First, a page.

‘If you’re not a cocksucker or a buttfucker, you might as well kiss off any chance of getting a showing,’ he was telling Duane, the heroic Heimlicher from last year, and his mousy wife Marsha, as well as Frank, who had landscaped their patio, which overlooked the ocean from the San Pedro hills, and Dorothy, a newly divorced bookkeeper. Edward, the music teacher at Daniel Boone Junior High (where most everyone, including Ronald and Rachel, taught), was grinning at Ronald like a petrified monkey, for even the suspicion that you were gay in 1971 could lose you your job.
   ‘Ronald, I need you to—’
   ‘Okay! Jesus! I’m coming,’ Ronald said, padding in his flip-flops towards the kitchen, where Rachel was waiting for him to carve the 20-pound turkey. She had insisted on a turkey rather than hamburgers or chicken, because it was ‘a dinner party, not a backyard barbecue, for heaven’s sake,’ but she slathered the bird with barbecue sauce before shoving it into the oven as a concession to holiday expectations.
   Ivy, Rachel’s 15-year-old daughter from her previous marriage, followed Ronald into the kitchen. She had spiky bleached blond hair, cut like a boy’s, and wore a short black tunic with white lace tights and motorcycle boots.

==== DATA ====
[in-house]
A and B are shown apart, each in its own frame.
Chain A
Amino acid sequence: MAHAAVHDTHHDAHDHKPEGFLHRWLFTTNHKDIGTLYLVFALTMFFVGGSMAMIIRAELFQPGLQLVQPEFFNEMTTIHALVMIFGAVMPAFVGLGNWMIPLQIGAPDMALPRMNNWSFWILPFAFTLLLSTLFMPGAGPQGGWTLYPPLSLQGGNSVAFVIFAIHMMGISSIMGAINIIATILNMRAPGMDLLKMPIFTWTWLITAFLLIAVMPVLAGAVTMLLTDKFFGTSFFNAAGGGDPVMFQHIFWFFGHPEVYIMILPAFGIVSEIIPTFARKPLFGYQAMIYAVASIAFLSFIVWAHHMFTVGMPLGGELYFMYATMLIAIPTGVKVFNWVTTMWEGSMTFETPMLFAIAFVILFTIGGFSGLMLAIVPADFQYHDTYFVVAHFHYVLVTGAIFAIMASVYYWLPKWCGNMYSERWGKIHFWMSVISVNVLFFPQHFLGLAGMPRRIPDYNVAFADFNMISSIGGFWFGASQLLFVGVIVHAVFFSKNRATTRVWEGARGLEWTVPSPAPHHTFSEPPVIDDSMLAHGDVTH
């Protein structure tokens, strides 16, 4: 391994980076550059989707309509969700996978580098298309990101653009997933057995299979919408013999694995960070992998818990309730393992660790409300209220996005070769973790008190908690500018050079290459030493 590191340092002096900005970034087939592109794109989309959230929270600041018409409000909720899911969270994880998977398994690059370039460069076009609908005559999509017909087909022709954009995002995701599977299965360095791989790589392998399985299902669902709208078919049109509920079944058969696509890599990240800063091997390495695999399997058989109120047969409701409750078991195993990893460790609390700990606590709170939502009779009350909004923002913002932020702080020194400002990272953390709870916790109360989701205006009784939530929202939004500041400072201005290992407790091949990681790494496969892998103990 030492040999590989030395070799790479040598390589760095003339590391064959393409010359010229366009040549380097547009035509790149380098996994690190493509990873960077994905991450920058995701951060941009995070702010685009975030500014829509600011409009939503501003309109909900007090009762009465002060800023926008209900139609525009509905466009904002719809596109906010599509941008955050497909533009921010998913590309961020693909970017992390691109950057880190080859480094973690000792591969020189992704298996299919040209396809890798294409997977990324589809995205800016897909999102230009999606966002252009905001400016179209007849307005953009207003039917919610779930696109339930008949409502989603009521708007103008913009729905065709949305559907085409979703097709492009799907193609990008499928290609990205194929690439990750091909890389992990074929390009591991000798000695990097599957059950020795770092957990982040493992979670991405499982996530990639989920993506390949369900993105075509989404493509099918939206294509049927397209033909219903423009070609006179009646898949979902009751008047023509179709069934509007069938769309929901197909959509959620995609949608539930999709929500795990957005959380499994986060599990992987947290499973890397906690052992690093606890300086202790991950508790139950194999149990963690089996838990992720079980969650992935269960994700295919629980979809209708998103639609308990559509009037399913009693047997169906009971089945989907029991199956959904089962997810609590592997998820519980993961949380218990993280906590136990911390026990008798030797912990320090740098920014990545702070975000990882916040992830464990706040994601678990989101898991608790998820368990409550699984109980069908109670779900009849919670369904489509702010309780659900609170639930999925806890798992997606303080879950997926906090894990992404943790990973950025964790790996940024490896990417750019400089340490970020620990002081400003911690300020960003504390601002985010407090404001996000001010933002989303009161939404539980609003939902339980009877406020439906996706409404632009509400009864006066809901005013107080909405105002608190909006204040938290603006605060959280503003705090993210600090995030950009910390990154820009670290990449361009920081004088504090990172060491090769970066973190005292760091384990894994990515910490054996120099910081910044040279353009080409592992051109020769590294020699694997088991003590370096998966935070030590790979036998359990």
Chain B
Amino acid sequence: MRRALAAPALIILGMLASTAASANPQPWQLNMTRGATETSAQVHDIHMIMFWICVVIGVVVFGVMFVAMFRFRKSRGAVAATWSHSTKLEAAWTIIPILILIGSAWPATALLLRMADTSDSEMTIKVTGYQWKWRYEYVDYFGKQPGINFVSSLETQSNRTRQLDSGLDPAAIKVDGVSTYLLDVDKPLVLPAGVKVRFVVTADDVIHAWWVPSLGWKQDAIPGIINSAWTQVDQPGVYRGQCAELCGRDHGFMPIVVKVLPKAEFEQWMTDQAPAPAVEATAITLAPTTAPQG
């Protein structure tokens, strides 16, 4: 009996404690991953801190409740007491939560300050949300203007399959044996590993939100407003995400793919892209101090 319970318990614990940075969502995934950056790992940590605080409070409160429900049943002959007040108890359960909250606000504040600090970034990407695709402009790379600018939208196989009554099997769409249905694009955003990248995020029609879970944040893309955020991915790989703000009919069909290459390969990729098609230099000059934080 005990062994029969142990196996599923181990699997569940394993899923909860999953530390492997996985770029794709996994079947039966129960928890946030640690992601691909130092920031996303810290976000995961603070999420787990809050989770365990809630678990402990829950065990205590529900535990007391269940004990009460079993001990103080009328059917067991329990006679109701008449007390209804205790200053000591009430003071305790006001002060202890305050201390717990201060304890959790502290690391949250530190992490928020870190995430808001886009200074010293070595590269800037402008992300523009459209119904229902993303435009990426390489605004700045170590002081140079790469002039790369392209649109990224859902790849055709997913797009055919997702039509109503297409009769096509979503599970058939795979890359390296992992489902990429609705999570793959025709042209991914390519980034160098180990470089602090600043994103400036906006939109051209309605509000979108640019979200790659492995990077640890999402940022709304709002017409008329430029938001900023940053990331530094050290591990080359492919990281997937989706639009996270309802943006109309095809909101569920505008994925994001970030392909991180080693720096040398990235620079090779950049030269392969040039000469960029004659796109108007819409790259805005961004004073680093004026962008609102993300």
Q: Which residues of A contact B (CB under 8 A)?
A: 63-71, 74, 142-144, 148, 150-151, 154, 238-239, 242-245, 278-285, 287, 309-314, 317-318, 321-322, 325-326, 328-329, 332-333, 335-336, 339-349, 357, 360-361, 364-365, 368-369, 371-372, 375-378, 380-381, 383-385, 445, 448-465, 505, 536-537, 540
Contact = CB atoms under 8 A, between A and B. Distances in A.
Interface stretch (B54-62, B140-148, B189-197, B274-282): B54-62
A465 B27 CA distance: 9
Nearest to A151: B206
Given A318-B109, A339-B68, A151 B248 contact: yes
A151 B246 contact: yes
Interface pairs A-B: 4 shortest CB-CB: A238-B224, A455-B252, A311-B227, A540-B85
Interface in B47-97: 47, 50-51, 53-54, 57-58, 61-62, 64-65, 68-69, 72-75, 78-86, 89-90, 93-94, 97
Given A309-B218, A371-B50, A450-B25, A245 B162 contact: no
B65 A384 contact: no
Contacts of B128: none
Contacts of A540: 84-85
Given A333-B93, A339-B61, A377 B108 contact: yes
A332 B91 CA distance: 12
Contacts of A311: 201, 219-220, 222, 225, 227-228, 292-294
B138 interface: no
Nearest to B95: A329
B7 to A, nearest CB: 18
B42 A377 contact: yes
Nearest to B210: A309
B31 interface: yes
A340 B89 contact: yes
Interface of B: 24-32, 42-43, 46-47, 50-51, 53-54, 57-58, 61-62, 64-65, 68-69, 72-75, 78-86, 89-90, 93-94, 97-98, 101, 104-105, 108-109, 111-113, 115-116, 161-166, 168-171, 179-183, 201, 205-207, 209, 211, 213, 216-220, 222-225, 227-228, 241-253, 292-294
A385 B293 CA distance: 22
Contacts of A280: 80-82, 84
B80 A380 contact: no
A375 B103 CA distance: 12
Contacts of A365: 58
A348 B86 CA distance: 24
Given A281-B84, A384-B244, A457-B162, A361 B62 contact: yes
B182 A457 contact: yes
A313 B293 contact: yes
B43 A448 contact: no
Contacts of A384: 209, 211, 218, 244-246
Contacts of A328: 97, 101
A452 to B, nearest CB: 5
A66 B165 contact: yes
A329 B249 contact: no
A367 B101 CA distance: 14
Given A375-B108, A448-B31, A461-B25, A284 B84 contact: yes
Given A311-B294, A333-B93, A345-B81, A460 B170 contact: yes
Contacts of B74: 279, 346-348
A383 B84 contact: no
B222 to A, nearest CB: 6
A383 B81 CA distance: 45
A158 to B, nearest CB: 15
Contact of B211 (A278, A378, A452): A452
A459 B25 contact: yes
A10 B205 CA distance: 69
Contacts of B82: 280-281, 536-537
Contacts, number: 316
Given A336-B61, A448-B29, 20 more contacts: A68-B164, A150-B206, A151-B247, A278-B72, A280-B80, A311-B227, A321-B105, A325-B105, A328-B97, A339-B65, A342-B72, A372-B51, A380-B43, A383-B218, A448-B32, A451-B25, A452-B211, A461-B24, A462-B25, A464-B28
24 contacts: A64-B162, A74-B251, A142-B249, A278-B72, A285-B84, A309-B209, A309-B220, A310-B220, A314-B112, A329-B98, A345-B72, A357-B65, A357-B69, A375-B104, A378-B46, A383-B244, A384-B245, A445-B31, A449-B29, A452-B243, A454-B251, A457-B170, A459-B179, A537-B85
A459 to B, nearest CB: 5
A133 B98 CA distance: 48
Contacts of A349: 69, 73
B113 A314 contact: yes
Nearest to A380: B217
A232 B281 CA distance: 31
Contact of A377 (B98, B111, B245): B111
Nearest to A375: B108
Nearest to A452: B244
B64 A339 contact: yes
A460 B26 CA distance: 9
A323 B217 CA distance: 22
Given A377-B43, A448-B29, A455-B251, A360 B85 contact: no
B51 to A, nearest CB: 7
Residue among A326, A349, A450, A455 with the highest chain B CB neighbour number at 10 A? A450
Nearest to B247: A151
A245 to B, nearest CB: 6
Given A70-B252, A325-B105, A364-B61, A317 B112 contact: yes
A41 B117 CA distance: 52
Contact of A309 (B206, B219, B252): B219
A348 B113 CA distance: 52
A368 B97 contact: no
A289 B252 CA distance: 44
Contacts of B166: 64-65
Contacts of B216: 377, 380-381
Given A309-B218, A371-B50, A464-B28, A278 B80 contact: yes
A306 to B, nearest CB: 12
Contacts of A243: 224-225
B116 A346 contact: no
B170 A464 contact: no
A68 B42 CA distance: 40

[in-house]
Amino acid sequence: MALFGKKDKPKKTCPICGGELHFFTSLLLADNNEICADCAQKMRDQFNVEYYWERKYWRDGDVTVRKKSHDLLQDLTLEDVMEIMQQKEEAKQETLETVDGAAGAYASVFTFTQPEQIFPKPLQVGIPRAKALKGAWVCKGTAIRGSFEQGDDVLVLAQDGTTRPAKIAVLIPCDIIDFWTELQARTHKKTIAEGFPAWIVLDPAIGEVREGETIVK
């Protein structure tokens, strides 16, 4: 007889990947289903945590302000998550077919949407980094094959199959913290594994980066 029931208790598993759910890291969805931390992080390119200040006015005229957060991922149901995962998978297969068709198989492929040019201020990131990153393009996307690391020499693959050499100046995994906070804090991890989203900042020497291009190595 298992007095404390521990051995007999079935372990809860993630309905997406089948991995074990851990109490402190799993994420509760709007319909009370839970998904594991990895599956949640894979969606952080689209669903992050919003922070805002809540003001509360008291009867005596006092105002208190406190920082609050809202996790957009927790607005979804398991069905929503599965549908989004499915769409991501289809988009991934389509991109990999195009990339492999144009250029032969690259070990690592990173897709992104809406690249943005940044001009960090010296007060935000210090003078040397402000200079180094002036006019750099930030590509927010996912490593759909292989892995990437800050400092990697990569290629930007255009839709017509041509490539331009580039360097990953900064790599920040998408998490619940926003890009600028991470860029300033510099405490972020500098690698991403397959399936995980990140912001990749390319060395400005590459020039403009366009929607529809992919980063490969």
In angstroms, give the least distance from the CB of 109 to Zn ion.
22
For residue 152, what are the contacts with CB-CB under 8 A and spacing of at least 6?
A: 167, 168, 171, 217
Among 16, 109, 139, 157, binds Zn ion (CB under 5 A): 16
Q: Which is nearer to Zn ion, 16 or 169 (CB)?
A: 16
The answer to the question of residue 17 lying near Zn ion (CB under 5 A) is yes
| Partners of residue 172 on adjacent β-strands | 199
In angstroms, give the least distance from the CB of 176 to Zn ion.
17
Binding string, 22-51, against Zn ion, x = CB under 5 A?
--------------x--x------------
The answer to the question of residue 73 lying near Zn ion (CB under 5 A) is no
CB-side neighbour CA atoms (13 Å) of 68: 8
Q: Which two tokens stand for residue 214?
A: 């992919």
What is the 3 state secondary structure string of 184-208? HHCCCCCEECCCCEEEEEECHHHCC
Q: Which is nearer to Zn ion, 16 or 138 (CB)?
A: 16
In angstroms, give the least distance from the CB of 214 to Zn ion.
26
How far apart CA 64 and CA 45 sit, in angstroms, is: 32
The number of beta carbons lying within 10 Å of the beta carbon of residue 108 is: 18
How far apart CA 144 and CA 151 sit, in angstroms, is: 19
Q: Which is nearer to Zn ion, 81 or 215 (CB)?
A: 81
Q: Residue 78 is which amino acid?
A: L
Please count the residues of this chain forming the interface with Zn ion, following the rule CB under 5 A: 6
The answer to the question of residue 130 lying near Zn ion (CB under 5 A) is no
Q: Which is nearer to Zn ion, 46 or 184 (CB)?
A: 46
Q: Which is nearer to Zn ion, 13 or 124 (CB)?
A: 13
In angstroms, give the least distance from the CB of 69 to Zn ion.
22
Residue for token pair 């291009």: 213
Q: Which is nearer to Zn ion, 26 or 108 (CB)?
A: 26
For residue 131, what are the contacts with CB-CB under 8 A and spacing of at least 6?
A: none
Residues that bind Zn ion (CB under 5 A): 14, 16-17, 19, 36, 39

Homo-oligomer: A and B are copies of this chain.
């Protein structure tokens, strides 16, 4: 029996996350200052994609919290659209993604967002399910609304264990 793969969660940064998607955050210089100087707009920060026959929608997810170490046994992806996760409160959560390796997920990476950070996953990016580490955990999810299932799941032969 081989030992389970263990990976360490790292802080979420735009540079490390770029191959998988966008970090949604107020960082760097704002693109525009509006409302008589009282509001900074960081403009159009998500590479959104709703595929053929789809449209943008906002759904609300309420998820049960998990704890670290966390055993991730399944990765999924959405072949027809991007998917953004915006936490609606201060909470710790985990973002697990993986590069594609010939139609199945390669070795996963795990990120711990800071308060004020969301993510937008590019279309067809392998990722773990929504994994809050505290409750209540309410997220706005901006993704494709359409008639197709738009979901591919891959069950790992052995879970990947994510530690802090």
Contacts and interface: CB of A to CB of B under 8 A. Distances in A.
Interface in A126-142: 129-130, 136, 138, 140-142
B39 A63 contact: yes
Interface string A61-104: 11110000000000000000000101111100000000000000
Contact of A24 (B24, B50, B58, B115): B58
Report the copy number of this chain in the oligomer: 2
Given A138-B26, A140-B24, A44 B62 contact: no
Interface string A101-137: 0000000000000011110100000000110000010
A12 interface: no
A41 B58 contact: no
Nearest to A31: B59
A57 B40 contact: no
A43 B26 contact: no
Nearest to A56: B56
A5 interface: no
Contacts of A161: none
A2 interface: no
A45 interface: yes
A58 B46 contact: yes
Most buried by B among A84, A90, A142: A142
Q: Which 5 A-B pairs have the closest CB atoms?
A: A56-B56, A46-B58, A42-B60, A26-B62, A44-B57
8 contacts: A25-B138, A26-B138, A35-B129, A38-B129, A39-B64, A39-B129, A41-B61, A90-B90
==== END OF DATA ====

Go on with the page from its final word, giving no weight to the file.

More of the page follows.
‘Hey, Ronald,’ she said, lowering her voice, ‘it’s très rude to say all that shit about homosexuals. Don’t you know that guy, what’s-his-name, the music teacher, is gay?’
   ‘Edward isn’t a fag,’ Ronald said with certainty, taking hold of the carving knife and severing one of the drum sticks neatly at the joint.
   ‘Well, actually, he is,’ Ivy said. ‘Don’t you remember when I told you that your best buddy Angelo was gay and you said you’d known him for forty years—’|
   ‘Cut lots of white meat, everybody wants the white meat,’ Rachel said.
   ‘And after forty years you damn well knew he wasn’t gay and then you realized that he had never once in forty years been with a woman—’
   ‘You’re cutting the meat too thick, Ronald,’ Rachel said.
   ‘And then you said, “Say, maybe you’ve got something there,” remember you said that?’
  ‘Say,’ Ronald said, stopping his carving to consider what Ivy was telling him, ‘maybe you’re right, I think you may be onto something,’ he said. ‘He lives with another fellow named Harold. But I thought—’
   ‘Why are you stopping?’ Rachel demanded. ‘Everybody’s hungry. They’re waiting for the turkey.’
   ‘See, that’s what I’m trying to tell you,’ Ivy said.
   Ronald began to carve again, but his mind was elsewhere. ‘Jeez, I would never have said that thing about the, you know, Jeez, I feel bad now …’ That was the thing about Ronald. He never intended to hurt anyone’s feelings but he was, as Rachel often said, like a bull in a china shop.
   ‘Ronald, for God’s sake, pay attention, you’re cutting the turkey too thin.’